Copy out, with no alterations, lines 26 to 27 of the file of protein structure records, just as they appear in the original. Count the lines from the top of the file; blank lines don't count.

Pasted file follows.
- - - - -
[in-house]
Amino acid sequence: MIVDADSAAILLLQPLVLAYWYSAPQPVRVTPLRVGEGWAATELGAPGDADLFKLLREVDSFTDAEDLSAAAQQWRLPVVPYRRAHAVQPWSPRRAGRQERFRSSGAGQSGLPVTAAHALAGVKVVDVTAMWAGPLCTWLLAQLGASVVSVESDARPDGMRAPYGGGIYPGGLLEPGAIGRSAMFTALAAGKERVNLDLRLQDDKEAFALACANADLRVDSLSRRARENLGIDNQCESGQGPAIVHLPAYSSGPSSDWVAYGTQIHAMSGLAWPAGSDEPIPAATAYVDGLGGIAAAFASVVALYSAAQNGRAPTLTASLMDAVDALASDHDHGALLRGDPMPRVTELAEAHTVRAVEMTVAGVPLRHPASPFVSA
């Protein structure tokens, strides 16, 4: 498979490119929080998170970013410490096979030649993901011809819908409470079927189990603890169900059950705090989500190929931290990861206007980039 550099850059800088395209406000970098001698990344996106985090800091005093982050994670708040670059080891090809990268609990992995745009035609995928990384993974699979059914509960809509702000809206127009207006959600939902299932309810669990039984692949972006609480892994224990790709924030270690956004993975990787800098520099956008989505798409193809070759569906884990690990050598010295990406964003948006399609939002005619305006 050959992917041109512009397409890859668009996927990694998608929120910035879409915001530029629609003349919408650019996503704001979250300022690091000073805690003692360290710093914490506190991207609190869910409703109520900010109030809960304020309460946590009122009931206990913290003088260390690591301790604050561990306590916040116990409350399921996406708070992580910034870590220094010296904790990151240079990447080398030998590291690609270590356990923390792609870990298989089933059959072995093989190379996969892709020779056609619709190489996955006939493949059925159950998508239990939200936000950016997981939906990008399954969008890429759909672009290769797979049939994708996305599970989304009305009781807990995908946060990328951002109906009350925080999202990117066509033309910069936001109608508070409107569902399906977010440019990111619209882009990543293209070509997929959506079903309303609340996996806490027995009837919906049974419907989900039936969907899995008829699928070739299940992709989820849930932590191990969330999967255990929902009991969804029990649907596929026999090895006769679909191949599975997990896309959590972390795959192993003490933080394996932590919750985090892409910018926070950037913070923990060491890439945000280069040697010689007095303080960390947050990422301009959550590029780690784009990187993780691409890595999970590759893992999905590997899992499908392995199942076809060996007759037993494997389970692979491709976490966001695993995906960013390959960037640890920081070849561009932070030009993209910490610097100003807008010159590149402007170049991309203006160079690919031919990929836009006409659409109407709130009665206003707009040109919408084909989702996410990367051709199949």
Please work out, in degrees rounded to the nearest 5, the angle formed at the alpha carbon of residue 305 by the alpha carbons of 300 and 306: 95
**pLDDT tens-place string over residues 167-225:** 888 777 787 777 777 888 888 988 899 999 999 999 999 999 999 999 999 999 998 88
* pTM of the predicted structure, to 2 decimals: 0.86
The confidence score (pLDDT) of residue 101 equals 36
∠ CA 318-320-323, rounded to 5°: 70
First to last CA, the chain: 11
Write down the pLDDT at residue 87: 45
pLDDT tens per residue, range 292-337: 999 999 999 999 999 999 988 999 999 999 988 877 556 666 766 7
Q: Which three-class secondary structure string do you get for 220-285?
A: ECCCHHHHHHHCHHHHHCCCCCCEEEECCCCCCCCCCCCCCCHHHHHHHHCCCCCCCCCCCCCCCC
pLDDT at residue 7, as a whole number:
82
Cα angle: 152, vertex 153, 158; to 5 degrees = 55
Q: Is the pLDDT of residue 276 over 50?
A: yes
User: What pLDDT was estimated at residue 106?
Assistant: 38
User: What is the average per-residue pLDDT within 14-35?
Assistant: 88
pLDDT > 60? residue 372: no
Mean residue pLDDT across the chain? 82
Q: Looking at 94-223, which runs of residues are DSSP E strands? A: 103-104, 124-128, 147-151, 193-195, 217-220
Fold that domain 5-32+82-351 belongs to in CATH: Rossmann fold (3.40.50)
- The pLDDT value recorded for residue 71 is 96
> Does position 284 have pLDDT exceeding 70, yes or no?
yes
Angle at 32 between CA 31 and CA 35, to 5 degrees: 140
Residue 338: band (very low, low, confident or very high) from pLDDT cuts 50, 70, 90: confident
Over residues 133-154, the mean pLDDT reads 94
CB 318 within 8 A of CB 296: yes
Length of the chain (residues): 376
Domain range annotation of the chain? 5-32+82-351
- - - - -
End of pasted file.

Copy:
Fold that domain 5-32+82-351 belongs to in CATH: Rossmann fold (3.40.50)
- The pLDDT value recorded for residue 71 is 96